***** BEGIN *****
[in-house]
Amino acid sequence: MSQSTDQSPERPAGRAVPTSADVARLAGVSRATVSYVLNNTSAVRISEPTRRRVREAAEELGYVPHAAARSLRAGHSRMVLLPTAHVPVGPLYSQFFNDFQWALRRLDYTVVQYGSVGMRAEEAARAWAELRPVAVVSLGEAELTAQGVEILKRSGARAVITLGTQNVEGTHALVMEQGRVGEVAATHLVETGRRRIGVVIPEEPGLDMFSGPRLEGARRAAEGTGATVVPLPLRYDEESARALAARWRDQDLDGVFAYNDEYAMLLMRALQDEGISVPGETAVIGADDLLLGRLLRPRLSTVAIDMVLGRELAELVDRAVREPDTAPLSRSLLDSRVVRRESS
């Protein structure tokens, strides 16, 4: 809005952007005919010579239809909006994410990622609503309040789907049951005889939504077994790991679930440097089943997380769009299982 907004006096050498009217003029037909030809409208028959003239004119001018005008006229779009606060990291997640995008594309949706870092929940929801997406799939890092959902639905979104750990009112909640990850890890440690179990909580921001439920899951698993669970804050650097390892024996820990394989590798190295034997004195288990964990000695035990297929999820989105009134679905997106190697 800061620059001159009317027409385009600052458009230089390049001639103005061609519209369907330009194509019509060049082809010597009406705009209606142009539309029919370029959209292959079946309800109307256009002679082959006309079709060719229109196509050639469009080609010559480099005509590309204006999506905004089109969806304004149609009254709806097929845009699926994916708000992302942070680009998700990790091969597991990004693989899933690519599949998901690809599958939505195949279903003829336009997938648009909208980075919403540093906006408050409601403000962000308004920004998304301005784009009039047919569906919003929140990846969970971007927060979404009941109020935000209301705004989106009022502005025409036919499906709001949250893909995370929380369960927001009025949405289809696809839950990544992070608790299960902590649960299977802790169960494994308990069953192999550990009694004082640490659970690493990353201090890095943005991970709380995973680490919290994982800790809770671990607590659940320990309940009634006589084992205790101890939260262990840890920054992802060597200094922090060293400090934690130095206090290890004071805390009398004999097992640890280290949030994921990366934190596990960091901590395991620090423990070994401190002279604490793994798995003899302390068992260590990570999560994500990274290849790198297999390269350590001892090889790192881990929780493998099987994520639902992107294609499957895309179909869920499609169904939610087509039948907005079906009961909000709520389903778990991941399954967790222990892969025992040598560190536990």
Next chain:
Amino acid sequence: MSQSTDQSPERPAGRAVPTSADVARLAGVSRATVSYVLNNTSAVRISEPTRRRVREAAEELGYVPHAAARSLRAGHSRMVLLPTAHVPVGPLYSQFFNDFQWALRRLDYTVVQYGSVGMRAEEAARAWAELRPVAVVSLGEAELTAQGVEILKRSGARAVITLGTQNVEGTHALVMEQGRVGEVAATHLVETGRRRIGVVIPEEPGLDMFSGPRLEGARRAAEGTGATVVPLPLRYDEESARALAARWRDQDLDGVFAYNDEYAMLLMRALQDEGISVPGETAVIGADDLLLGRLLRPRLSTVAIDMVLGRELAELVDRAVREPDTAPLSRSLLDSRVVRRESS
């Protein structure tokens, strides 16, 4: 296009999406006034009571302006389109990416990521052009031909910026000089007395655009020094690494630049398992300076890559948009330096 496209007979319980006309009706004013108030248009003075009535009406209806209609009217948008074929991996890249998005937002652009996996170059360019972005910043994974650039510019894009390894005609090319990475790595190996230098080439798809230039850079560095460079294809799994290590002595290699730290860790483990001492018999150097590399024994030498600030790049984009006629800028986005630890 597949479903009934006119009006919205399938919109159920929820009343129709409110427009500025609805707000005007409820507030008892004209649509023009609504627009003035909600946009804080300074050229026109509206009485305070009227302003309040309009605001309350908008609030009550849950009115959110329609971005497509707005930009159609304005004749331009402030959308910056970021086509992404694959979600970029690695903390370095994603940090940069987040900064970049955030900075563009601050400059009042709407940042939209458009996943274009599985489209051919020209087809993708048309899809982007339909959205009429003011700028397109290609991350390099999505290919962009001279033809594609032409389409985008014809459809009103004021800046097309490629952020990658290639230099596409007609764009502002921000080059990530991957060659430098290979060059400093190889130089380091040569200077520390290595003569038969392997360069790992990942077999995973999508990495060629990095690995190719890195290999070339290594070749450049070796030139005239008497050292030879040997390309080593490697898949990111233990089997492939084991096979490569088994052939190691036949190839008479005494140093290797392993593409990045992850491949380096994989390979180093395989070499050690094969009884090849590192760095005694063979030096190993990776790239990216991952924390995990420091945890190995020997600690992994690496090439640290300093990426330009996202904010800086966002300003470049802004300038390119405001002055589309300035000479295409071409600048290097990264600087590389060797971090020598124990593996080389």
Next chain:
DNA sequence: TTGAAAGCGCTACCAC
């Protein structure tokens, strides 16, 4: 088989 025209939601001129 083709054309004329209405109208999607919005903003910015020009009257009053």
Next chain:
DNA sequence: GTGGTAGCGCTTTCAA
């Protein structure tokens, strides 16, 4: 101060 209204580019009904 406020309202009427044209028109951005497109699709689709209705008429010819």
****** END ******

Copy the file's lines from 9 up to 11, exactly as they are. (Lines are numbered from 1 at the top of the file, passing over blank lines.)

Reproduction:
């Protein structure tokens, strides 16, 4: 088989 025209939601001129 083709054309004329209405109208999607919005903003910015020009009257009053």
Next chain:
DNA sequence: GTGGTAGCGCTTTCAA